China-India; Value of Understanding good neighborly relations

China-India; Value of Understanding good neighborly relations

Editor’s note: The National People’s Congress (NPC), China’s top parliamentary body, and the Chinese People’s Political Consultative Conference (CPPCC), China’s top political advisory body, convene its annual sessions, known as the “two sessions” on March 3-15 2016, which marks a pivotal year as the nation continues on to embark with its reforms and opening up policy, shifting towards a “New Normal” for economic growth rates, starting its 13th Five-Year Plan for social and economic development over the next five years and confronting challenges on the foreign policy front. How will the NPC address those concerns? What do foreign experts and Overseas Chinese say? The Panview Column of CNTV has invited some of them to express their views on major issues to be discussed at the ongoing two sessions.

By Sol Palha, senior analyst for Tactical Investor newsletter

The countries -China and India – share a common land border and as such, they enjoy historic relations of friendship. Yet, in regards to Major Country diplomacy, there are moments when disagreements ensue between Beijing and New Delhi. Nevertheless, both sides support peaceful development, mutual respect and win benefits that help both nations strengthen their economies.

The two countries respect each other’s sovereignty, along with their traditions and customs. As China, the world’s second-largest economy continues to rise in prosperity and status in the international community, it’s inevitable that India would also seek to boost its economy and global influence as well.

Perhaps an economic rivalry has developed between Beijing and New Delhi, but it’s a “neighbourly friendship” competition and that encourages both sides to rise to the challenge of developing their economies to achieve more substantial results.

Now, India, which has witnessed higher annual gross domestic product (GDP) growth rates in recent years, is beginning to feel confident that it could possibly have a stronger economy than China in the near future. But is that possible? Well, let’s take a closer look.

India holds aspirations to overtake China, but this may not be realistic. When you take into account, the traffic jams, and urbanisation problems in parts of Mumbai and New Delhi, and the allure of investing in India loses some of its appeal.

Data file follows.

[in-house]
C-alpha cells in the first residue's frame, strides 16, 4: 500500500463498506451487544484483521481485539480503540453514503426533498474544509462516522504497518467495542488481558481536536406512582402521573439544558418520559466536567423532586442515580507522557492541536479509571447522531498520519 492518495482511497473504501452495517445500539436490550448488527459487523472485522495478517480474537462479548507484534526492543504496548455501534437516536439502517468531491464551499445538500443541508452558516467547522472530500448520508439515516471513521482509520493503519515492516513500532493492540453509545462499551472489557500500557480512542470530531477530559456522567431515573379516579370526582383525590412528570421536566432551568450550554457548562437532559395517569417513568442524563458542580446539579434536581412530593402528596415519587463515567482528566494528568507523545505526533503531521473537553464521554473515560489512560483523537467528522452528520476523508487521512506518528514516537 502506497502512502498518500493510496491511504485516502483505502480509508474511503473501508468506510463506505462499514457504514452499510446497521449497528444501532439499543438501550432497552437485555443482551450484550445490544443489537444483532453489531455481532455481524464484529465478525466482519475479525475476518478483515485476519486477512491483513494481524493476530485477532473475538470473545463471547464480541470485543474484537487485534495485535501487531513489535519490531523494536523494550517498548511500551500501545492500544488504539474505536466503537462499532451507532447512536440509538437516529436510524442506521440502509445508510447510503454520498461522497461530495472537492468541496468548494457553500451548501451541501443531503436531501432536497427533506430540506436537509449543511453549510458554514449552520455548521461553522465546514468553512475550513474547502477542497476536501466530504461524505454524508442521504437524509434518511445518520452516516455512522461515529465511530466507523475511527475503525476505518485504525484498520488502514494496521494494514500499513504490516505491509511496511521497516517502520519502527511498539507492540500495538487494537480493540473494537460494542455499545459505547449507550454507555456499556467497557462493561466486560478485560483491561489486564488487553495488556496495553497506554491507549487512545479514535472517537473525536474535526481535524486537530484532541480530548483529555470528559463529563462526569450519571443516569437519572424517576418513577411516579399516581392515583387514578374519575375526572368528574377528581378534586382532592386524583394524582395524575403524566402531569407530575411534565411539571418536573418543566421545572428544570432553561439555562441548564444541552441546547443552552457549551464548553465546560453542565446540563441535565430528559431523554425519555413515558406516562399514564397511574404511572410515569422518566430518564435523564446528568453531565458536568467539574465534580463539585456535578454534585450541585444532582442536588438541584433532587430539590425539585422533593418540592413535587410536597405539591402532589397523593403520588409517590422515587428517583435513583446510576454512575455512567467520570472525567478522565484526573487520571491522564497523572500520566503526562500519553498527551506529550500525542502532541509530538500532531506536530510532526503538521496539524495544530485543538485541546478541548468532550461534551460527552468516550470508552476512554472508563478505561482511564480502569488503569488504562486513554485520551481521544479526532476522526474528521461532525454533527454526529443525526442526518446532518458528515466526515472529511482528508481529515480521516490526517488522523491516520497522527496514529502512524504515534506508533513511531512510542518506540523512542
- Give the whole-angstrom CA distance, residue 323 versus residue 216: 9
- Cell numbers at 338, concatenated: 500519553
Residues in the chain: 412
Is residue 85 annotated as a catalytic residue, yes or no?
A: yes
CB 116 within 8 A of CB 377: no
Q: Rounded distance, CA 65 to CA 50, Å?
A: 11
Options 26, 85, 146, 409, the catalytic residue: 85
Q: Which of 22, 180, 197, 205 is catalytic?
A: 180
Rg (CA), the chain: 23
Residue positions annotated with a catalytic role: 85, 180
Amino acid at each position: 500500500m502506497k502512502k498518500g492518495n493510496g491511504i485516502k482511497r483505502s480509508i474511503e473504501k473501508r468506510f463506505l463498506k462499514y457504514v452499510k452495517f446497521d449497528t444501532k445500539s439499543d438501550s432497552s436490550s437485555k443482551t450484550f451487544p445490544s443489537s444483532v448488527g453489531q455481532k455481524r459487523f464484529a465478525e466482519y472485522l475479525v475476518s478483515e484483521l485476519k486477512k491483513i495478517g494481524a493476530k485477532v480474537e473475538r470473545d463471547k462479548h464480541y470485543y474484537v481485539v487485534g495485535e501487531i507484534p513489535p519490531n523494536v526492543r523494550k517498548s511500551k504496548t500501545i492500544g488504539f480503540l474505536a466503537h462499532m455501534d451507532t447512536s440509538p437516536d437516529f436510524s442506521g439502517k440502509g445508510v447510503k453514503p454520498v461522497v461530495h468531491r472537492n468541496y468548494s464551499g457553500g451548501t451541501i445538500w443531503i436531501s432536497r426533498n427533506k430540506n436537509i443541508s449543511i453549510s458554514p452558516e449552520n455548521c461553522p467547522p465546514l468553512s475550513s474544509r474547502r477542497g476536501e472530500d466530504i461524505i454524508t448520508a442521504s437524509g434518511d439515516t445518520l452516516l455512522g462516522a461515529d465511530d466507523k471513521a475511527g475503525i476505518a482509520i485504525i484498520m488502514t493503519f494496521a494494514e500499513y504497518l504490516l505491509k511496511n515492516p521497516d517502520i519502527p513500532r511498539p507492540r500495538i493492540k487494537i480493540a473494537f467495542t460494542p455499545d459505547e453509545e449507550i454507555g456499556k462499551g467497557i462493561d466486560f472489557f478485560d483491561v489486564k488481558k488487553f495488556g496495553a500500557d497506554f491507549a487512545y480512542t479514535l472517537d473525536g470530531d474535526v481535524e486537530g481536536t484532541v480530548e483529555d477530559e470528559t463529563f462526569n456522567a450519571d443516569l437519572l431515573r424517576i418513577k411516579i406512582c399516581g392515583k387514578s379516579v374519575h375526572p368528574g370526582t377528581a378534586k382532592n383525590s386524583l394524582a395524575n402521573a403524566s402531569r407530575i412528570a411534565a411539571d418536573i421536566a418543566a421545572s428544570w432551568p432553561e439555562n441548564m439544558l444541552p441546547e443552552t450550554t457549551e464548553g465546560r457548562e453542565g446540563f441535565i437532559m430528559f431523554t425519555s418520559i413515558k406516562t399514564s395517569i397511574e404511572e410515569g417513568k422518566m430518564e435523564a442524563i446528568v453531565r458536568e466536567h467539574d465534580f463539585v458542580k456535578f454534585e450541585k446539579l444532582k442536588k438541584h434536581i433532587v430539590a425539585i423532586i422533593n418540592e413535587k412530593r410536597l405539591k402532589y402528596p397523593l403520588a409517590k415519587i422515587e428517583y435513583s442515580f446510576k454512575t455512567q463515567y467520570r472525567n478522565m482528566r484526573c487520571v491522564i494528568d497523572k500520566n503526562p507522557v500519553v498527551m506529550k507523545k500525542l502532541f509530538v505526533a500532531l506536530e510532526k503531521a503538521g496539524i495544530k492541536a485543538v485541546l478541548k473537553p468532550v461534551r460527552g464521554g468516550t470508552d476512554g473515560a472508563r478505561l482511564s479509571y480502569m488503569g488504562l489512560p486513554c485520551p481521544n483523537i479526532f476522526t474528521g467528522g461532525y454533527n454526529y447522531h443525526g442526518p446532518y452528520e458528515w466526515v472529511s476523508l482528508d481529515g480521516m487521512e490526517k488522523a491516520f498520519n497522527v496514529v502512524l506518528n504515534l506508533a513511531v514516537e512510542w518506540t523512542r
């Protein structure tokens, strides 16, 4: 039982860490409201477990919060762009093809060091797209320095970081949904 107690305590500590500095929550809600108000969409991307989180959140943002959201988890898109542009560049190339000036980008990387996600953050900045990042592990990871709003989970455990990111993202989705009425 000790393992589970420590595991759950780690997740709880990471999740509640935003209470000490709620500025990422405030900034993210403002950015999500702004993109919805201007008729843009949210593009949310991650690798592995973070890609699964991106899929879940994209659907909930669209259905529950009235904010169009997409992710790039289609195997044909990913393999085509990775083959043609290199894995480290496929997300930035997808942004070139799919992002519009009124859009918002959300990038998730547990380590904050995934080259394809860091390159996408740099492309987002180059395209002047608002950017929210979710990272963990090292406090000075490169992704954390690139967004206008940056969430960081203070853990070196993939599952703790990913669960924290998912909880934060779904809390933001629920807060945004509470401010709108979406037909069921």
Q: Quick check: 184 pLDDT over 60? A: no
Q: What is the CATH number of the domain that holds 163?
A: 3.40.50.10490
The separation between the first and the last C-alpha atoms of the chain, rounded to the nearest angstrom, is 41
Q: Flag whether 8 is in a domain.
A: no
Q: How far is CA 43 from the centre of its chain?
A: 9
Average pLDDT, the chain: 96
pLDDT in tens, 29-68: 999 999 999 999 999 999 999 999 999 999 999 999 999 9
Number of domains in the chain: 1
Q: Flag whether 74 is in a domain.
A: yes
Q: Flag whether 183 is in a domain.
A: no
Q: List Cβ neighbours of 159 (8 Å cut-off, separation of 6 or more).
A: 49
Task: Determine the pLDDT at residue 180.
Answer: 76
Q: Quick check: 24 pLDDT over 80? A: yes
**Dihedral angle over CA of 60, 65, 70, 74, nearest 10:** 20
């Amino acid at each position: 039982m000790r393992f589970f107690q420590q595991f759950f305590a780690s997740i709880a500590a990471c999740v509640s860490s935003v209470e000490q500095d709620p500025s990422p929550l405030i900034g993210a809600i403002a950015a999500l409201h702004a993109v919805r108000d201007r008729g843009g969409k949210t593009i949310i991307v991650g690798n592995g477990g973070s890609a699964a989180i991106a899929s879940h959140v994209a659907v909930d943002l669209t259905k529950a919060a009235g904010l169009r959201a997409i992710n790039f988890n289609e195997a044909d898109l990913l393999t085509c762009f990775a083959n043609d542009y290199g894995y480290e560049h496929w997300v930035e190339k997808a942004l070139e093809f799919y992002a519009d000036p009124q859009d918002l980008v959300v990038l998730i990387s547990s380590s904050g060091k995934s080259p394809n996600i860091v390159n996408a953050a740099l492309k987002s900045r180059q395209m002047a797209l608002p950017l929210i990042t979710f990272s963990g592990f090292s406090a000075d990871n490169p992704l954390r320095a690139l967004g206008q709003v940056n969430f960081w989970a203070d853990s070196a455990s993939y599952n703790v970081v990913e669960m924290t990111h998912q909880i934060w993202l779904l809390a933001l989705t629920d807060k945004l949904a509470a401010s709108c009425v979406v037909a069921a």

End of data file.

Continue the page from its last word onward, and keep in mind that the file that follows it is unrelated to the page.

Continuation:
Indian Prime Minister Naharendra Modi’s government has enjoyed the strongest mandate of any government, yet he has failed to implement any noteworthy reforms yet.

This century belongs to China, and the world recognises this.

No one flinches when Indian markets are crashing, but if the Chinese markets fall or there is some bad news coming out of China the world’s financial markets react and in a very strong manner.

From a mass psychology perspective, this tells us that the financial markets recognise China as the defacto leader and India if it’s lucky might manage to hold onto some position in the top 5. India will not take out China in the near future, but that does not mean one should not invest in Indian companies.

There are still some Indian companies that are worth investing in. We would wait for strong pullbacks before committing money into any of these stocks.

Conclusion

While the Indian economy has expanded nicely over the years, we think the tiger will have a hard time dethroning the Golden Dragon. India has a GDP of roughly $2.1 trillion, and that is a long way off from China’s current GDP of $11.3 trillion.

It’s not even a close race. The odds are higher that China will displace the US as the top economy than India overtaking China. While there are some great companies in India from a long-term perspective, China makes for a better investment as the market is extremely oversold; great companies are selling for a fraction of their former prices. For example, CHH, HNP and BABA are some companies worth taking a closer look at.

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